Guys and Dolls. And by this I mean the 1955 film starring Frank Sinatra, Marlon Brando, Jean Simmons and Vivian Blaine. Now, why does this movie merit an honorable mention? It is, first of all, Guys and Dolls, one of the most fun musicals of all time--despite being the most popular musical performed in high schools today. And even though it cuts some of my favorite songs, only to add new ones which are not as good and don't keep to the spirit of the movie, it's still got Fugue for Tinhorns and Oldest Established. It has Frank Sinatra singing. It has Marlon Brando (sort 0f) singing. It has a sewer, Jerry Orbach, and that script! That script makes up for every funky camera angle. That script has some of the cheesiest, inverted, stilted lines ever to descend from Sheldon Leonard's sneering lips, and I couldn't be happier. Example:

Harry the Horse: I just acquired five thousand fish.
Nicely-Nicely Johnson: Five thousand? If it can be told, where did you take on this fine bundle of lettuce?
Harry the Horse: I have nothing to hide. I collected the reward on my father.
Benny Southstreet: It is an advantage to have a successful father. Nobody ever wanted my old man for as much as five hundred.

I don't think any of those guys use any contractions at all.

Similarly, On The Town. It might be all about sailors looking for a little hanky-panky, but this show/1949 film had some of the pluckiest, most independent musical heroines of its time (hello, Brunhilde Esterhazy!).

I blame Betty Comden.

Again, why do they always cut the best songs for the movie version of Broadway hits? But still... it's got Gene Kelly directing and dancing his heart out with Vera-Ellen.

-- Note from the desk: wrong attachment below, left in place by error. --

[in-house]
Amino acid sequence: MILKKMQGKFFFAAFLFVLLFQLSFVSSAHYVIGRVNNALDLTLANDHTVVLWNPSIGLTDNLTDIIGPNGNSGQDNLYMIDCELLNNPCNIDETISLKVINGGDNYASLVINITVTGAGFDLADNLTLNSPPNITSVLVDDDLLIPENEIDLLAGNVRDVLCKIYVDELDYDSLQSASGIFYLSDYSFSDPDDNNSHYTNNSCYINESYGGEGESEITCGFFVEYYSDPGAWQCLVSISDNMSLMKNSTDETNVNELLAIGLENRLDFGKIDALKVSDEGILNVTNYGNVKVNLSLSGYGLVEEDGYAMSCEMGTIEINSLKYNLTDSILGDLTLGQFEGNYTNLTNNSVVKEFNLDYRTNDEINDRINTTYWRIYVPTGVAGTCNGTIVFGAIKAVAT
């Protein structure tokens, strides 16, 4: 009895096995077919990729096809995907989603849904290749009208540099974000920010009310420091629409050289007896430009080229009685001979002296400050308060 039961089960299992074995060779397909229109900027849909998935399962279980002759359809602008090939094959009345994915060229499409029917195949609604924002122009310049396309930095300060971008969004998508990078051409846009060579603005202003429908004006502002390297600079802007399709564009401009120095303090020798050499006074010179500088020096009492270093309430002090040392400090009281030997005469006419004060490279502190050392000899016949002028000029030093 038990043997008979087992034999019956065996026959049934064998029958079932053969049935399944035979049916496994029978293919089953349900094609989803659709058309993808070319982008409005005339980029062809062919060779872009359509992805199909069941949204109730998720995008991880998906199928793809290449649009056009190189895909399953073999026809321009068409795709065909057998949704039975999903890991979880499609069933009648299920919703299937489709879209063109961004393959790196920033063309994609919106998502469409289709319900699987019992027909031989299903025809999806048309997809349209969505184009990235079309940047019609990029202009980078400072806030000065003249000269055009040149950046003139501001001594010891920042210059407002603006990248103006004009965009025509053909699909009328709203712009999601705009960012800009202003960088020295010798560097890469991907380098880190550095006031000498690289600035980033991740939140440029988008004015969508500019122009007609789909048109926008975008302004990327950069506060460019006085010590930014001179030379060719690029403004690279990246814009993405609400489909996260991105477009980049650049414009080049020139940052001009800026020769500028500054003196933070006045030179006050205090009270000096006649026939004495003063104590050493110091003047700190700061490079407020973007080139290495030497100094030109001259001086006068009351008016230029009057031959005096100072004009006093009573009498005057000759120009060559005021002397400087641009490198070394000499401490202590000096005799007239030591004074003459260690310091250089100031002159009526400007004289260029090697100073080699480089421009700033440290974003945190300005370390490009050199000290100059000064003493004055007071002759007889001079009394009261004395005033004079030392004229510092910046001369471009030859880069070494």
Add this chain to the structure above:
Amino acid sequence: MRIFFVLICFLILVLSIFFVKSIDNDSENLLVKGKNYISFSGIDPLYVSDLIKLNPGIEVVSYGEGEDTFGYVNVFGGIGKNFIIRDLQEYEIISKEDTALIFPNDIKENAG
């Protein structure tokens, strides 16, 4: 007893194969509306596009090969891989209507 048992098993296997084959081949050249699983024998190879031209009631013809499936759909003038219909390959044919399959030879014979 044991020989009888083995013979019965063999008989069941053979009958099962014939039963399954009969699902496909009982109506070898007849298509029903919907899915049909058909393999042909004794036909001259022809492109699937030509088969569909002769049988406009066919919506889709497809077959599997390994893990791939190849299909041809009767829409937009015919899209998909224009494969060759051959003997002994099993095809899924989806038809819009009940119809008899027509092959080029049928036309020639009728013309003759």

C.S. Lewis. Not just as an observer or theologian. For his voice.

Sunday, May 4, 2008

How this Year Has Changed Me

This post is inspired by a Facebook note a friend of mine wrote to commemorate the end of her freshman year of college.

I haven't been a freshman for a while, but this year has still been pretty epic.

How I've Changed:
1. I've realized more accurately how I act when I am pushed into leadership situations. I can be fairly heinous. I see this as a character flaw. Working on that.

2. I can throw back Italian moonshine. Who knew? I didn't. However, I'm entirely certain it will never pass my lips again.

3. I'm pretty open to the idea of being pretty open to new ideas about where I'm going in a year and what I'm doing. I feel like last year, I had the next five years of my life planned out so well, and now I'm considering running away to join the circus... or at least going to North Dakota or Singapore or something. I think going to Italy just reinforced my impression that, hey, there' s a lot of the world that I have never seen, and that's just a shame.

And graduate school? Heck, I have no idea. Help.

4. Je suis en train d'apprendre un zillion langues. Pourquoi? Parce que je crois que Dieu ce voudrais... et pour les possibilités de carrière.

5. I have a huge appreciation for sympathetic roommates. I wish my last roommate well, but we were not compatible. This time, however, a couple of geeky language and theatre nerds hit the jackpot. Every time I look at Thesis, I miss you.

How I've Stayed the Same:
1. I still have no appreciation for wine whatsoever.

2. I have the exact same taste in books and movies. Furthermore, I haven't really read or watched many new things; I haven't had the time.

3. I still want to get a doctorate whenever I see the faculty in their funky academic regalia. To be honest, this is one of the things that has contributed most to my confusion about graduate school.
4. I still need to try writing plays that don't suck.

5. I still am not enough like Jesus, on a lot of levels.

6. I still cut my own hair. Only not this summer; I'm growing it out until it drives me crazy. I want to be able to do something fun with it for the show. This may include bribing the makeup/hair designer.